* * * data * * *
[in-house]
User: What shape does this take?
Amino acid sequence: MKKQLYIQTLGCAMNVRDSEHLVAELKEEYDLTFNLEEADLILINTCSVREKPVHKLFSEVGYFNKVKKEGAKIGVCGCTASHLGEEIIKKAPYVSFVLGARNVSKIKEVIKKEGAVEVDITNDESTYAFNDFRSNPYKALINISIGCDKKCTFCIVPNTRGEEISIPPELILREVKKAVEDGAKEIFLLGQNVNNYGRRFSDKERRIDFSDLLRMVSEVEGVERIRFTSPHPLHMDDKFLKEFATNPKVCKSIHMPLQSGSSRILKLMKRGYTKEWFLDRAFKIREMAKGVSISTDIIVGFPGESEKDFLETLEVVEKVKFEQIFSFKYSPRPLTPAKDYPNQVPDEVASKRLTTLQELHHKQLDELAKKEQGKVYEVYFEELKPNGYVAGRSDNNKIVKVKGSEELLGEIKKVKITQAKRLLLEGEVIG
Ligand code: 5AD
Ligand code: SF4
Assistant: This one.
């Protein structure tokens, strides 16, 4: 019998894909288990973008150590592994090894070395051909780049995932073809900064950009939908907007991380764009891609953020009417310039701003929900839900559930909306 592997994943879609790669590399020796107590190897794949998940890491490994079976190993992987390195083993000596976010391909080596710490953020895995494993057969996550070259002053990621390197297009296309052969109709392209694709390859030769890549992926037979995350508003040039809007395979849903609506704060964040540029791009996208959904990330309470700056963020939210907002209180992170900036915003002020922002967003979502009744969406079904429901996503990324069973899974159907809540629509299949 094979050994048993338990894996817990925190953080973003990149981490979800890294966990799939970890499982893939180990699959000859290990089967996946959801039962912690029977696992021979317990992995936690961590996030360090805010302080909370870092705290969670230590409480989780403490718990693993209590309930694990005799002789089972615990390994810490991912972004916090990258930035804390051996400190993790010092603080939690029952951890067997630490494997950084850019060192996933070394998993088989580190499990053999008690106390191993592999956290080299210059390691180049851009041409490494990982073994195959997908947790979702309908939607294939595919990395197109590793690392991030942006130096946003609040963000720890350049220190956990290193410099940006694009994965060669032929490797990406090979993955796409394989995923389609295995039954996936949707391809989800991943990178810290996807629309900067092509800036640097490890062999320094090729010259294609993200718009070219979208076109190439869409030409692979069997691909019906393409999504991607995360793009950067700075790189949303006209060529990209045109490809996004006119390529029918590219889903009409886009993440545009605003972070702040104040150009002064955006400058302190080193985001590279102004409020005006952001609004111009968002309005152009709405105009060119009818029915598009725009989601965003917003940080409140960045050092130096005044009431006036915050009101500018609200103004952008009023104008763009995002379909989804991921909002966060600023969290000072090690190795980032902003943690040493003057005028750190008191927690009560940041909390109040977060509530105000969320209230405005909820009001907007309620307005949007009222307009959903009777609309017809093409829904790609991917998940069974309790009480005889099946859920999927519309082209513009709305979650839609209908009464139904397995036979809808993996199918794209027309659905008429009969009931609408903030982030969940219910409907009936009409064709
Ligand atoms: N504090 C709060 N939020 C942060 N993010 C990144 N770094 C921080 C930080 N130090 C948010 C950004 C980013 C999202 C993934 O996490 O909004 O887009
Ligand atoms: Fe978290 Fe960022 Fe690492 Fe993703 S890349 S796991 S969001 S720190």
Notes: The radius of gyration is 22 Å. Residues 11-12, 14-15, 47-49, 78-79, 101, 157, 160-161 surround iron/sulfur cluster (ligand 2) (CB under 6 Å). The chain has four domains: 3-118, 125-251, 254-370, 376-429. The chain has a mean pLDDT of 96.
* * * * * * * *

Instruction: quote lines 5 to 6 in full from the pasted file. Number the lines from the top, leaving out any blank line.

Ligand code: SF4
Assistant: This one.